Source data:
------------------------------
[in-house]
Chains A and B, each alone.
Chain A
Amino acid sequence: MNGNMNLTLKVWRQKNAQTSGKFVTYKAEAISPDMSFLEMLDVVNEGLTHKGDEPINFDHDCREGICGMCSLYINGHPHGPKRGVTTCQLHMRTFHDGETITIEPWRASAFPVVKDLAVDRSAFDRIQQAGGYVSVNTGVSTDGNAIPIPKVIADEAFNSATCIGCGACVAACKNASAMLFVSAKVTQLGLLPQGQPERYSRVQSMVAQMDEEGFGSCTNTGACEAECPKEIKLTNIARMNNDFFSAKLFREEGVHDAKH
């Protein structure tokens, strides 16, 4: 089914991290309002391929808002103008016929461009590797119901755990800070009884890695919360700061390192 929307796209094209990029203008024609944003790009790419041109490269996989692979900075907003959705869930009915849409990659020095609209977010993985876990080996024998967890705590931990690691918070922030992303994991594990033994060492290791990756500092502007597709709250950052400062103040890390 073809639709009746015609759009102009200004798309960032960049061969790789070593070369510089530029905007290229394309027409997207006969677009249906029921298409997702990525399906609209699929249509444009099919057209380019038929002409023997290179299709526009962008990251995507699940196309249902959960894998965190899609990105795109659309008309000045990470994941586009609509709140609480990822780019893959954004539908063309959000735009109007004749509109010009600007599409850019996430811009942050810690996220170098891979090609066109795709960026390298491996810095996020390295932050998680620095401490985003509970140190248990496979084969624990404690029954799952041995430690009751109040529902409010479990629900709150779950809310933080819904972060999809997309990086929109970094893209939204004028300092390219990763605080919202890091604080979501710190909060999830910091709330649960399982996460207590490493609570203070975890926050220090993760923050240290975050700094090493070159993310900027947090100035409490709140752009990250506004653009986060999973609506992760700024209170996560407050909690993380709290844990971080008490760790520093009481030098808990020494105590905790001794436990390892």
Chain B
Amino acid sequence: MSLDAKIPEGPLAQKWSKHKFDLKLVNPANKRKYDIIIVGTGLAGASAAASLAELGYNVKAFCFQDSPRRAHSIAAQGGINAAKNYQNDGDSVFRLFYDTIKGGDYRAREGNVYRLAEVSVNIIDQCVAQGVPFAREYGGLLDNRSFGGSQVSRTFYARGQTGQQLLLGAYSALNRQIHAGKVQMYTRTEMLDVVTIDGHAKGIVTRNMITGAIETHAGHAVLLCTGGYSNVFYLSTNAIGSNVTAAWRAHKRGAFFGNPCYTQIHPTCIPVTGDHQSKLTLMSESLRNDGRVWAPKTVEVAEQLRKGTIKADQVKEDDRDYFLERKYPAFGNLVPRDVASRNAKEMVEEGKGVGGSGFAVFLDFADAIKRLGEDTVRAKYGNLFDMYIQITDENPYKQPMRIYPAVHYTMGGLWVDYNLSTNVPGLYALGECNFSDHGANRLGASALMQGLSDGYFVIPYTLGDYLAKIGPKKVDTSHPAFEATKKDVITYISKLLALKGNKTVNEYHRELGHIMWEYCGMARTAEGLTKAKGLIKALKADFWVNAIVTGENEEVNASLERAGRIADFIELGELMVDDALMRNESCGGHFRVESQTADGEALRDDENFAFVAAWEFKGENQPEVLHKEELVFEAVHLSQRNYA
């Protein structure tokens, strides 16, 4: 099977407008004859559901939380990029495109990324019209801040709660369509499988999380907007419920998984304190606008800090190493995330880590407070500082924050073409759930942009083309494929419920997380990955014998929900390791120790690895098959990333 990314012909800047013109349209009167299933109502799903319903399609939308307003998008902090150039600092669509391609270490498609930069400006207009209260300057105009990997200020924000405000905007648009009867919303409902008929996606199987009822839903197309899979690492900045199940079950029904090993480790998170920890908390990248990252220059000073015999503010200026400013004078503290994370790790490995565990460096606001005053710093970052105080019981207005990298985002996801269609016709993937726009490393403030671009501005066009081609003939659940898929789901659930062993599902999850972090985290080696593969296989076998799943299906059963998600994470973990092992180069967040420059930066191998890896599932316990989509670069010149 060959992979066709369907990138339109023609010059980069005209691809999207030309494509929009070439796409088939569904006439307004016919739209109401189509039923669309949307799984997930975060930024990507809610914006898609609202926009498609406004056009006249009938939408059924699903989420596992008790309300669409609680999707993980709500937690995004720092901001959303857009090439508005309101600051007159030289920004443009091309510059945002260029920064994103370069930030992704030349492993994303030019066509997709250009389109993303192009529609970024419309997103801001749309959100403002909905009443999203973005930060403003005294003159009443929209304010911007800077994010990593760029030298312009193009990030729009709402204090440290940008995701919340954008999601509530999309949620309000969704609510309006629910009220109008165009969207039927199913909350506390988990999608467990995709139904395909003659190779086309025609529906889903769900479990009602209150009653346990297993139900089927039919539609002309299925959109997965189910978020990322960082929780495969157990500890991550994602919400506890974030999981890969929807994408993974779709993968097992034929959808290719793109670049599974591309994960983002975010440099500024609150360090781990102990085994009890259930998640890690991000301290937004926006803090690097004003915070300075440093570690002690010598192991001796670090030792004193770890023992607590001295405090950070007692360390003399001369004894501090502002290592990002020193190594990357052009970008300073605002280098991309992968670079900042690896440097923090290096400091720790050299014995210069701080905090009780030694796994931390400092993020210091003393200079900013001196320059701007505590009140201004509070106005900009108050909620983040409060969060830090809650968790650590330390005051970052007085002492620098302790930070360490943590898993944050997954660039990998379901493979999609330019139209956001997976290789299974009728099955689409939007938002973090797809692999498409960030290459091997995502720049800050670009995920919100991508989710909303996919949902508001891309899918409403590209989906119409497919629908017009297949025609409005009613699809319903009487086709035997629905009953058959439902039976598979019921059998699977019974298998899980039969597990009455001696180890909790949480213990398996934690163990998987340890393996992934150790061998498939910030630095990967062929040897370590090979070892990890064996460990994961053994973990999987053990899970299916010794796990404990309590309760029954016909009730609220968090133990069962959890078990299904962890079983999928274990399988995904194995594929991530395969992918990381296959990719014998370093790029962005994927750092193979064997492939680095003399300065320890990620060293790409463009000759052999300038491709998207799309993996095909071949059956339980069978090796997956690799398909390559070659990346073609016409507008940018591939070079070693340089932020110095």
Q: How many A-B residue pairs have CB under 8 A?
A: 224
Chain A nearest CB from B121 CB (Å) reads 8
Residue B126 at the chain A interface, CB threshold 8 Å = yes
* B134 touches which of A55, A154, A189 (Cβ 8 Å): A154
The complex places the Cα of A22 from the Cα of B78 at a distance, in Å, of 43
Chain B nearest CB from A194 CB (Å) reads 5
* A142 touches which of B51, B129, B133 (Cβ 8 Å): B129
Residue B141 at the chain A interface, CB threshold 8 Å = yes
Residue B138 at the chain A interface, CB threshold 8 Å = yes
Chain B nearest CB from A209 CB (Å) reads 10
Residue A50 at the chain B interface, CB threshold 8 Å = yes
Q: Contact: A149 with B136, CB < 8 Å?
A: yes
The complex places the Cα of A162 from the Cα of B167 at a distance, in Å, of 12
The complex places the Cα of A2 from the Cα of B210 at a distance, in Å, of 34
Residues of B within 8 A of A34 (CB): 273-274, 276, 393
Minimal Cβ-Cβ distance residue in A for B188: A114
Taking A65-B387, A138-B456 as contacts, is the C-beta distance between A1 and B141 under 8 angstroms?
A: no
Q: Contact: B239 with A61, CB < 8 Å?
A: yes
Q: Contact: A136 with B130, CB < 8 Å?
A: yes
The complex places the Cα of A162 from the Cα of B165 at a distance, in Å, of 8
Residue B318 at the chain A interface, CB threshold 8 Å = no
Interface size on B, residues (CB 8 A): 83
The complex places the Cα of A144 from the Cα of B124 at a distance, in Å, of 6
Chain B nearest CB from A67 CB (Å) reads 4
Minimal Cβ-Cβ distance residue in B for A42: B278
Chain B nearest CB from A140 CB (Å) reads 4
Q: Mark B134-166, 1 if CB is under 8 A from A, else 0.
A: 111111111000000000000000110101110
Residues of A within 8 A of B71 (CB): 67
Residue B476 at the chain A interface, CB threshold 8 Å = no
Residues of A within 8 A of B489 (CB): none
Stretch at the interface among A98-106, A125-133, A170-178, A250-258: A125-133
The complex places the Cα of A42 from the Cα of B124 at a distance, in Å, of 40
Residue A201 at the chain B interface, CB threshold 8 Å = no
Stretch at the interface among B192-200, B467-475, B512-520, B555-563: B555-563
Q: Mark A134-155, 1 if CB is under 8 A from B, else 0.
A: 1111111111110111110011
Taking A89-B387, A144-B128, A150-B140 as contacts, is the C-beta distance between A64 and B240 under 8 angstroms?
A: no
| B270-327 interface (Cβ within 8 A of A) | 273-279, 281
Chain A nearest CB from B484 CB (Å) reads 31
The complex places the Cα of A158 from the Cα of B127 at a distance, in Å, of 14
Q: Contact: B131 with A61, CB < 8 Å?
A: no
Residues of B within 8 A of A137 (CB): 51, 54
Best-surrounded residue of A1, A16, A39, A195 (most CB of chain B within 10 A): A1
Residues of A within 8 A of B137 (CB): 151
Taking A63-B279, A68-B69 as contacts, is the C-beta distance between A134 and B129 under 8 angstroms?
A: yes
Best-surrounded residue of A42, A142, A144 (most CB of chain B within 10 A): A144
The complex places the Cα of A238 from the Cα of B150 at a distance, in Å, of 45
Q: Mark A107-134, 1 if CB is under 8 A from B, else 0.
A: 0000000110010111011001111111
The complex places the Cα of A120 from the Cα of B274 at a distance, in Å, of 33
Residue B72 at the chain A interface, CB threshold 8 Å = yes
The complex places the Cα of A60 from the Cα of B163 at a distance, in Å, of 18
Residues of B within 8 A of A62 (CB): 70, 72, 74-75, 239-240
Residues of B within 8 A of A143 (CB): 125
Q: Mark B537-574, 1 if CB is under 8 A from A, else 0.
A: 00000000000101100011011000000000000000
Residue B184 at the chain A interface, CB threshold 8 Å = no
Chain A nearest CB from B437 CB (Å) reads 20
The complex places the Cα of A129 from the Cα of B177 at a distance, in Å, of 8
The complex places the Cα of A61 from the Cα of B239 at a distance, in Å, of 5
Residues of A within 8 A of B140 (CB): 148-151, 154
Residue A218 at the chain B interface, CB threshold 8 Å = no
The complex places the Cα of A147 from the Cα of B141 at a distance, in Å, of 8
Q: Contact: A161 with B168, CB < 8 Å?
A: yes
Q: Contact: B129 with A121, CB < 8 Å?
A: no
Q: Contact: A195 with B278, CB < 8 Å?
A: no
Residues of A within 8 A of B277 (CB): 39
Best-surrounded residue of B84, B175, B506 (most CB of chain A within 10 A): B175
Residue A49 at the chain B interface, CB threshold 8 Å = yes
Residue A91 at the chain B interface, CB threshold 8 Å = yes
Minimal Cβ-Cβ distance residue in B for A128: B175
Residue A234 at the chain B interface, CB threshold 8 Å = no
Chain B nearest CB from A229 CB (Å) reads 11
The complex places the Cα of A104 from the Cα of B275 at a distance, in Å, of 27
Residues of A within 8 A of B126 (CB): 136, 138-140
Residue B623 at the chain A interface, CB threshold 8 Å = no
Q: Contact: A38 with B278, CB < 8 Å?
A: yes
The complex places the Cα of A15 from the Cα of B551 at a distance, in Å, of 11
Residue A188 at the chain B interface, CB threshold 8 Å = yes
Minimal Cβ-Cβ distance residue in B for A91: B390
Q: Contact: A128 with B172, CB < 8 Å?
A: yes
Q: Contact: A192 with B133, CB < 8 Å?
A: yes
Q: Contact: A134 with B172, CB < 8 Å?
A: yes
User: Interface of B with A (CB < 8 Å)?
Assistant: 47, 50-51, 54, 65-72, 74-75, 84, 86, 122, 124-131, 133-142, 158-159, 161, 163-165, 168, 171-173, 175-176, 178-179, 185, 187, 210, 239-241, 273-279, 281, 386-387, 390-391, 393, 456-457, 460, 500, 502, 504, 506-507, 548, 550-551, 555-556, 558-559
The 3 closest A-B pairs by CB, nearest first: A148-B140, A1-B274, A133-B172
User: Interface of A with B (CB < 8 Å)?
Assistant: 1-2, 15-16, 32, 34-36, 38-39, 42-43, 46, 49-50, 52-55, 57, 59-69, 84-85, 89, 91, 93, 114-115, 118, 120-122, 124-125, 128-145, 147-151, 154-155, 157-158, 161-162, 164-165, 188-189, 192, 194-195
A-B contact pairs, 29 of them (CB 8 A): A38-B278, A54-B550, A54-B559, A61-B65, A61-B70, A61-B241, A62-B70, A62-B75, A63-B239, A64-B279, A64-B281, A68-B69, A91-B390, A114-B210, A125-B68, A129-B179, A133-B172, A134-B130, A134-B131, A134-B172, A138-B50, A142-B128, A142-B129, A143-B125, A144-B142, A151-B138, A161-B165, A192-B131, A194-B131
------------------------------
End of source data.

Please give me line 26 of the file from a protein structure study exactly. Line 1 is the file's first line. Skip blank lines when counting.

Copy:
Minimal Cβ-Cβ distance residue in A for B188: A114